Psychological thrillers are often wrongly mistaken for being little more than horror films nowadays, and while many borrow some of the horror genre’s more disturbing tropes, there is something that makes psychological thrillers a unique branch stemming from cinema’s darkest roots.
Psychological thrillers are often unnerving profiles of some of the deepest and most controversial crevices of the human psyche. Filmmakers from all over the world, throughout cinema’s history, have been suggesting new and interesting takes on the uncomfortable confrontations assigned to the strange behaviours many of us exhibit. Whether this is through the lens of period pieces, character studies, crime dramas or fantasy epics, psychological thrillers – at heart – bend the fragile lines between dreams and reality. However one wishes to frame it, a psychological thriller will test the boundaries of the human mind, including the viewer’s.
Films of this type have become renowned for containing some of the most taxing cinematic tricks put to celluloid, melding the already fragile fringes between the corporeal and incorporeal. But psychological thrillers don’t have to bear the badge of being a total puzzle, like ‘Memento’. Instead blockbusters like ‘Shutter Island’ have demonstrated the sophisticated and nuanced reactions of the brain to the most human of tragedies and emotions.
Psychological thrillers test us and force us to question the fabric, not merely of society, but also of the feeble thread of human thought. This can be either in the most extreme manner possible or through the microcosmic lens of one single character’s battle to grasp reality. Psychological thrillers showcase humanity at its most vulnerable.
The recent boom in new and inventive psychological thrillers from modern filmmakers such as Robert Eggers and Charlie Kaufman have seen the genre driven to new territories. Their reassessments of the brain’s strangest desires and fears have called for a reassessment of films eclipsed by the Christopher Nolan-esque titans of the genre, that offer creative insights into human nature.
In celebration of this regenerative boom in psychological thrillers, here is a list of ten dark psychological films from across cinema history that you may have missed.
1. Deep Red (Dario Argento, 1975)
In a slight diversion from his regular content, ‘Suspiria’ creator Argento substitutes supernatural phenomena for strictly human exploits in ‘Deep Red’. The film follows British musician Marcus (David Hemmings) who becomes embroiled in an investigation into a string of mysterious murders first uncovered by an Italian psychic in Rome.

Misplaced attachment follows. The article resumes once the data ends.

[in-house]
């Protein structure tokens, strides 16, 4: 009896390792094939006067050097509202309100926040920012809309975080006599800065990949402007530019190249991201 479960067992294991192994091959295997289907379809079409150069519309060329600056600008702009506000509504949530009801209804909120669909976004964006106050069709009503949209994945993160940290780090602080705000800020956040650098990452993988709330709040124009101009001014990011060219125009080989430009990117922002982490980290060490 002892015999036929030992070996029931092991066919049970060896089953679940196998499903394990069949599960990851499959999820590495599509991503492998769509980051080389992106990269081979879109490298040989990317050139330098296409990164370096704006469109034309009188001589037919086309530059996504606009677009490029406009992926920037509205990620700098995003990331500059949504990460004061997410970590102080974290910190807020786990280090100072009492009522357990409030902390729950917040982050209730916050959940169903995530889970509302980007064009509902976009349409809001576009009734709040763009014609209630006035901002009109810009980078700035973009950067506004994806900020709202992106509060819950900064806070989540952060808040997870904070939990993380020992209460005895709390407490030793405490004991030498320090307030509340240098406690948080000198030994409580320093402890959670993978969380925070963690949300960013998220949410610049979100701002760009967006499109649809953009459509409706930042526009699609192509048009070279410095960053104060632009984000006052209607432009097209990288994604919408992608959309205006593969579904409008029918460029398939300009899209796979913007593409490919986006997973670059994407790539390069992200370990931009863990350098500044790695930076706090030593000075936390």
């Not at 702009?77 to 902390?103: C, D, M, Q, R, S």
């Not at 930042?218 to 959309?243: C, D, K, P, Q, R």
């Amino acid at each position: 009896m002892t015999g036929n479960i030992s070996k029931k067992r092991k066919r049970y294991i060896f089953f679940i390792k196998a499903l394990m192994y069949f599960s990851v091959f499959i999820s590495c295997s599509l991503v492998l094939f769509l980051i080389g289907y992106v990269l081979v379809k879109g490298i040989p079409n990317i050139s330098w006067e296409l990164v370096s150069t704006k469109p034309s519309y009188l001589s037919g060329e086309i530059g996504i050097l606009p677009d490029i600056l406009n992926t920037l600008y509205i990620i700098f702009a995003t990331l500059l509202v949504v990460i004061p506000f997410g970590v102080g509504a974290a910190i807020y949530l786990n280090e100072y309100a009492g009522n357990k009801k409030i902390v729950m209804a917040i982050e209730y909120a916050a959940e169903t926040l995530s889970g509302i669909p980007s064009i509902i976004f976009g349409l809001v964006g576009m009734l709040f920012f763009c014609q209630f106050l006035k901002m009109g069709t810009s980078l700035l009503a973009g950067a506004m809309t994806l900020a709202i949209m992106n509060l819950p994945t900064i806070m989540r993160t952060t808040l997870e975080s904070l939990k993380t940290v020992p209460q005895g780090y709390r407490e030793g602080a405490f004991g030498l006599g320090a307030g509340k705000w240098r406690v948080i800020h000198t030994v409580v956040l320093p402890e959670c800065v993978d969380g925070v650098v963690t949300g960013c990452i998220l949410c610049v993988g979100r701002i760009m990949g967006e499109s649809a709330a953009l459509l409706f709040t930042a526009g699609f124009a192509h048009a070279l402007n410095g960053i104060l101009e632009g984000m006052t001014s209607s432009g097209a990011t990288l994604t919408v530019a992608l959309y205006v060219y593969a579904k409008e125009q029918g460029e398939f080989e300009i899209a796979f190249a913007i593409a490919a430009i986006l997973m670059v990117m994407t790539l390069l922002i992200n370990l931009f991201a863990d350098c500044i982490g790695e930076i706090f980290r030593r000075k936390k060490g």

As Marcus delves deeper into the case, he is submerged into a strange tale of child psychopathy. With eerie infantile drawings hidden behind wallpaper in an abandoned building, a nursery rhyme ringing out as the killer’s signature and a scene involving perhaps the most frightening doll ever to appear on screen, Argento presents a wonderfully theatrical crime mystery dripping in the depravity of the human mind.
Familiar nowadays to cult horror fans, Argento’s ‘Deep Red’ has sadly been shifted to the corner of the projector room by its successor ‘Suspiria’. But nevertheless, it represents a dark, if not extreme, dive into the abnormalities of human behaviour, presented through Argento’s campy, gratuitously gory and creepy style.
2. The Face of Another (Hiroshi Teshigahara, 1966)
Buried amongst the array of formidable samurai epics by Akira Kurosawa, emerges a forgotten masterpiece of Japanese cinema. ‘The Face of Another’ is a solemn and grounding picture demonstrating the chilling consequences of losing one’s sense of identity.
When factory worker Okuyama (Tatsuya Nokadai) is injured in a severe accident, he gradually becomes detached from the world around him when he is forced to conceal his mutilated visage with bandages. Describing himself as a ‘monster’ to all who see him in the outside world, Okuyama seeks out a psychologist in a bid to create a life-like mask enabling him to re-enter society. Okuyama ignores the doctor’s misgivings about the mask’s potential to bestow adverse effects on his personality. Distraught by the disconnection he feels from the rest of the world, he embarks on this bizarre experiment to restore his ability to feel human again.